x Abu Dhabi, UAEFriday 21 July 2017

Egypt’s Ahmed Elmohamady: ‘We must play like these are last two games of our lives’

Egypt take on Ghana tonight in the first leg of a play-off that could take them to their first World Cup since 1990.

Egypt defender Ahmed Elmohamady, left. Tsvangirayi Mukwazhi / AP Photo
Egypt defender Ahmed Elmohamady, left. Tsvangirayi Mukwazhi / AP Photo

Egypt are two games away from what could be their most impressive achievement, and what could be one of sport’s most remarkable stories. They take on Ghana Tuesday in the first leg of a play-off that could take them to their first World Cup since 1990.

The Pharaohs have come to this stage in Kumasi on the back of the only flawless campaign in Africa, winning six games out of six. They have done it in a time of intense political turmoil back home and with, effectively, no domestic league, intermittently suspended after the Port Said tragedy in February 2012.

“You know it is a huge country and all the people there love football,” the Hull City right-back Ahmed Elmohamady said.

“It is a huge, huge thing. Now we play in a qualifier for a World Cup, now we go against Ghana, just two games, home and away, and we have to win them. We have to all get together, concentrate on these two games, play them like the last two games of our life.”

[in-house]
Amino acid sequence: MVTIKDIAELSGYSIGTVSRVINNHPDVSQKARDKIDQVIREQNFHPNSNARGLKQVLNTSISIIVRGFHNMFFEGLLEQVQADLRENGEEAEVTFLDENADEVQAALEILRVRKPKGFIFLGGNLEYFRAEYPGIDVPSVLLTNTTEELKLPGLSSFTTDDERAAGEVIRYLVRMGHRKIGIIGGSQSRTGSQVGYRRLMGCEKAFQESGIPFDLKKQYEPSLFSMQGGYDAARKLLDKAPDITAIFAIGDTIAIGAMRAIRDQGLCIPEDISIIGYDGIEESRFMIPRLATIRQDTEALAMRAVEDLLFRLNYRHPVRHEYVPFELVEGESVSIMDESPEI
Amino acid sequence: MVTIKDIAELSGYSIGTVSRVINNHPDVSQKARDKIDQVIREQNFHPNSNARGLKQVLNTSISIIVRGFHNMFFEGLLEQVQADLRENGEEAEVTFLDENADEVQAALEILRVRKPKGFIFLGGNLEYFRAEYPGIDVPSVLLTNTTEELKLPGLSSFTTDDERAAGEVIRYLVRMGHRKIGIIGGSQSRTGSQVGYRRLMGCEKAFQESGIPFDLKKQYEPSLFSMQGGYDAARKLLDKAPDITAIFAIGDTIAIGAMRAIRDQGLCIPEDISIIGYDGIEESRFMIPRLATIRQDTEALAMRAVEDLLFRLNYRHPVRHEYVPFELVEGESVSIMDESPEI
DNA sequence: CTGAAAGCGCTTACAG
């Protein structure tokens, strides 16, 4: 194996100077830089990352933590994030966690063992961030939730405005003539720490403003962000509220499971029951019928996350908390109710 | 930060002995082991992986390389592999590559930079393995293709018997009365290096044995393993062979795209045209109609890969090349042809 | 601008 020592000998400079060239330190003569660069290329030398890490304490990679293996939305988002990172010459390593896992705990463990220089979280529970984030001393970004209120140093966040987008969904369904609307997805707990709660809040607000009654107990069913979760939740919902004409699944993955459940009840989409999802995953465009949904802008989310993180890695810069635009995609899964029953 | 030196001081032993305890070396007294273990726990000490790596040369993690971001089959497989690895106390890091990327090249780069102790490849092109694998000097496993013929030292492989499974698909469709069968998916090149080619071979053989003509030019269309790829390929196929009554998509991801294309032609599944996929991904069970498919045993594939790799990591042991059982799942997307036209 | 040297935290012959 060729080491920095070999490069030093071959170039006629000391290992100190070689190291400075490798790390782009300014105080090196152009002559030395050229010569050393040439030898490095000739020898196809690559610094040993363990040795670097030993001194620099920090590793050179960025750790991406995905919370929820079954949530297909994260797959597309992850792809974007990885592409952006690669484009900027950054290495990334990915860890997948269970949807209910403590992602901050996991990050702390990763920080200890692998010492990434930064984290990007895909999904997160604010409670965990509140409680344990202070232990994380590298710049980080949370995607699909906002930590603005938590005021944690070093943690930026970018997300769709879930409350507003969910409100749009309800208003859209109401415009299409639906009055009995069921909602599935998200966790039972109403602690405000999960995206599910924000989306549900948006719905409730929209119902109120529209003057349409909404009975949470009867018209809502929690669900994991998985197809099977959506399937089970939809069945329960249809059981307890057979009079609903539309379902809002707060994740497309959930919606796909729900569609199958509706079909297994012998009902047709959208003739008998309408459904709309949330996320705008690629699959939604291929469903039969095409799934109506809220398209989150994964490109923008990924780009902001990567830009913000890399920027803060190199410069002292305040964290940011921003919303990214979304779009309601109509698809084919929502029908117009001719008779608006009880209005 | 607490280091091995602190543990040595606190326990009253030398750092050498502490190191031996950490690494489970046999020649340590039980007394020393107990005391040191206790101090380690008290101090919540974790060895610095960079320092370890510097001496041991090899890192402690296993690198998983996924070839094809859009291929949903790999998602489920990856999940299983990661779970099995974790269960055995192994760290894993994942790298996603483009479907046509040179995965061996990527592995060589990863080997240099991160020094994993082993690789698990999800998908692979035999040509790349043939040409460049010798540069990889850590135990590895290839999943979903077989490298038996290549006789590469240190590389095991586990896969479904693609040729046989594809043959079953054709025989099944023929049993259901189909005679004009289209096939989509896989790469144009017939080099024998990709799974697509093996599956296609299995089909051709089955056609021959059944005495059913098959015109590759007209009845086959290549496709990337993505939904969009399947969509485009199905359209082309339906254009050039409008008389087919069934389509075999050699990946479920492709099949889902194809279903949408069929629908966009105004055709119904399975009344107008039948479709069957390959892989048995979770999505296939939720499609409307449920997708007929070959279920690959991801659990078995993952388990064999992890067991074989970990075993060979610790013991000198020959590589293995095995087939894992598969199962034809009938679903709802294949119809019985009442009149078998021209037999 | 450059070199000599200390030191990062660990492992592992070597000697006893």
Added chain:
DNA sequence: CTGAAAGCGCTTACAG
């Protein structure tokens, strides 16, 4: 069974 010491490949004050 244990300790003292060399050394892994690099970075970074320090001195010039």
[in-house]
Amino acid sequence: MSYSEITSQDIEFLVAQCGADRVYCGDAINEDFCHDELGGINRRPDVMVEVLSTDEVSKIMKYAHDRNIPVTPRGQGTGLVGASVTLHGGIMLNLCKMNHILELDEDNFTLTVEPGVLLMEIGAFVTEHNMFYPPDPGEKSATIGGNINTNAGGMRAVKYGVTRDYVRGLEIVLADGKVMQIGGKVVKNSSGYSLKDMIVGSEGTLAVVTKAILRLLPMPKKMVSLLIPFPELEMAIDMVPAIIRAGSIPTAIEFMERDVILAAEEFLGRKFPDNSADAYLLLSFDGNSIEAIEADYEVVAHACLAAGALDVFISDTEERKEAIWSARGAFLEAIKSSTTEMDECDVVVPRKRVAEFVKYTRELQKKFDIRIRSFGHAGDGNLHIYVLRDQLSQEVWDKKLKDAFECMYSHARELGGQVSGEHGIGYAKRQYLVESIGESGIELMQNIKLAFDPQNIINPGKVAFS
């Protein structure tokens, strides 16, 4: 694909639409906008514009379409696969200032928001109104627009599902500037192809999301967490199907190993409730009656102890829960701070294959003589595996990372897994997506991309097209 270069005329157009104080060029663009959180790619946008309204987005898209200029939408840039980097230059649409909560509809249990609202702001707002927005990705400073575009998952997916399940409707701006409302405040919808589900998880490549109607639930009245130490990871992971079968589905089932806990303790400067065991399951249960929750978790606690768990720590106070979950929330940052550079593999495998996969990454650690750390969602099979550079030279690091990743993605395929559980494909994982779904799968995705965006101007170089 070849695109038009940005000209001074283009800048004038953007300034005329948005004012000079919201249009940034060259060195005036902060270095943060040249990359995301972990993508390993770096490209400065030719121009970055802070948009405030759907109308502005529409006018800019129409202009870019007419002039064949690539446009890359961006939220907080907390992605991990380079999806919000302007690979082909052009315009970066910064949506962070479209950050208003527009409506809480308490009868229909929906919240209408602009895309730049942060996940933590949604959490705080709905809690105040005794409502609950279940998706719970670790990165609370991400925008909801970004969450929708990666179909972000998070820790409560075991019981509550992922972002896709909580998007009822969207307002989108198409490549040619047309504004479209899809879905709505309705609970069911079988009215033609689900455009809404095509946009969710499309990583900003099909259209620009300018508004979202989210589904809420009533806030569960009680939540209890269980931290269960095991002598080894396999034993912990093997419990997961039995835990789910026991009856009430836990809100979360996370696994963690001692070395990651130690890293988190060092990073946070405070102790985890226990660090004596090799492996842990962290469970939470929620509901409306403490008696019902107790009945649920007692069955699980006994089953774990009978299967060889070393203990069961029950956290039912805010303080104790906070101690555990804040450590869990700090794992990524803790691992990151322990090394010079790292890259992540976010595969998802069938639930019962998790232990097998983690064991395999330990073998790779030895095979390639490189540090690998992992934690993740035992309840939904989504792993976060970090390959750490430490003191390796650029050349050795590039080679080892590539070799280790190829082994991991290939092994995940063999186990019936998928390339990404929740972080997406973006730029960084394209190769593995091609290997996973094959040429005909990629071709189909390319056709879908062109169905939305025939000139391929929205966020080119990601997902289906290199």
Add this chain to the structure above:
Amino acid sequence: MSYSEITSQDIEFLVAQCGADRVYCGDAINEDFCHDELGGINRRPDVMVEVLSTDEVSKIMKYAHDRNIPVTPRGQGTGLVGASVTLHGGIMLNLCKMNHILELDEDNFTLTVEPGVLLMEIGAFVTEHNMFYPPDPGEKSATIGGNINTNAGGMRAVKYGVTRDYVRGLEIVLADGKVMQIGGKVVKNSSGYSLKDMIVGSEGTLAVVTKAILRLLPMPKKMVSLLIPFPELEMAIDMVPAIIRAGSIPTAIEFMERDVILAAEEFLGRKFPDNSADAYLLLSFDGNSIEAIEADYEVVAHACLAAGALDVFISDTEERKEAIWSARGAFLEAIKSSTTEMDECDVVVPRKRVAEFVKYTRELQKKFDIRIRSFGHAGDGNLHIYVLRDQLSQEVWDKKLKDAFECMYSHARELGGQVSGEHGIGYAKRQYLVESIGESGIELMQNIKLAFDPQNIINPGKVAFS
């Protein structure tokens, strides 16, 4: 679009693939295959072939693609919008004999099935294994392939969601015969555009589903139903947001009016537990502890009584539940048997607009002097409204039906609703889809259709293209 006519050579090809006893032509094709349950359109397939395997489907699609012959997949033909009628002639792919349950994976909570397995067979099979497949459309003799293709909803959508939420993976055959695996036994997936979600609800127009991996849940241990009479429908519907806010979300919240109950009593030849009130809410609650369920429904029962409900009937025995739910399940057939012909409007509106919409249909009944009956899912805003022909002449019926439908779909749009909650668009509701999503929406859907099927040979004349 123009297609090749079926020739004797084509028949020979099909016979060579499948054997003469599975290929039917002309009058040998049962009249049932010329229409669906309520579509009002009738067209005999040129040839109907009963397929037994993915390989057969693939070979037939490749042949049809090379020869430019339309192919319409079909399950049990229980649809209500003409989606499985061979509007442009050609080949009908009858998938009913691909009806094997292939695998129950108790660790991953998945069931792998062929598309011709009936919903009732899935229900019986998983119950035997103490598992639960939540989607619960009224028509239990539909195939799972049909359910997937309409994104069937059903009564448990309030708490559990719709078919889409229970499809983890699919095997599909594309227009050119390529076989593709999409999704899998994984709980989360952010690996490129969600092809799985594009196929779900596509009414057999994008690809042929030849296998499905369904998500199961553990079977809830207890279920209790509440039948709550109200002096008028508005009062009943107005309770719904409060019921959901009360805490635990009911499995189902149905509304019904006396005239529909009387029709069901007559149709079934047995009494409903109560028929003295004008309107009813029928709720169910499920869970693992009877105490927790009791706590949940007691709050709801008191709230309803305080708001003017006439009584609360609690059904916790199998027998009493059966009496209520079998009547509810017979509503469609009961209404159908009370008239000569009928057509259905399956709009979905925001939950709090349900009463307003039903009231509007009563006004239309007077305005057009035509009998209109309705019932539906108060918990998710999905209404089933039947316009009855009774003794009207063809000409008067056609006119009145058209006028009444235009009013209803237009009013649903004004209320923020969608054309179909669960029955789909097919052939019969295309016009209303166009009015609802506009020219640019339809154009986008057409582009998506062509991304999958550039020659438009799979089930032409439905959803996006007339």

Ghana are about as tough an opponent as they could have drawn; the Black Stars finished four points clear of the 2012 African Cup of Nations champions Zambia at the top of qualifying Group D. Ghana are aiming for a third successive trip to football’s biggest event, and they were quarter-finalists at South Africa 2010.

“Egypt are seven-time African champions and trying to reach the World Cup for the first time since 1990,” said Ghana’s coach Kwesi Appiah. “That will give them some added boost going into the game. Their record means that we cannot look down on them. We can’t get complacent. We have to prepare well and remain focused.”

Egypt, under the American coach Bob Bradley, have played all their games in Egypt behind closed doors because of security concerns. But that has not visibly affected them; if anything it has emboldened them.

“It’s not been difficult,” Elmohamady said. “There are things happening, of course, but we can play and know our fans are behind us. It has helped us, definitely.”

Something will have to give. Egypt have not lost a competitive game since June 2012 and Ghana have not lost at home since February 2012, an unbeaten run since of 11 matches.

osamiuddin@thenational.ae

8pm, Al Jazeera Sport 2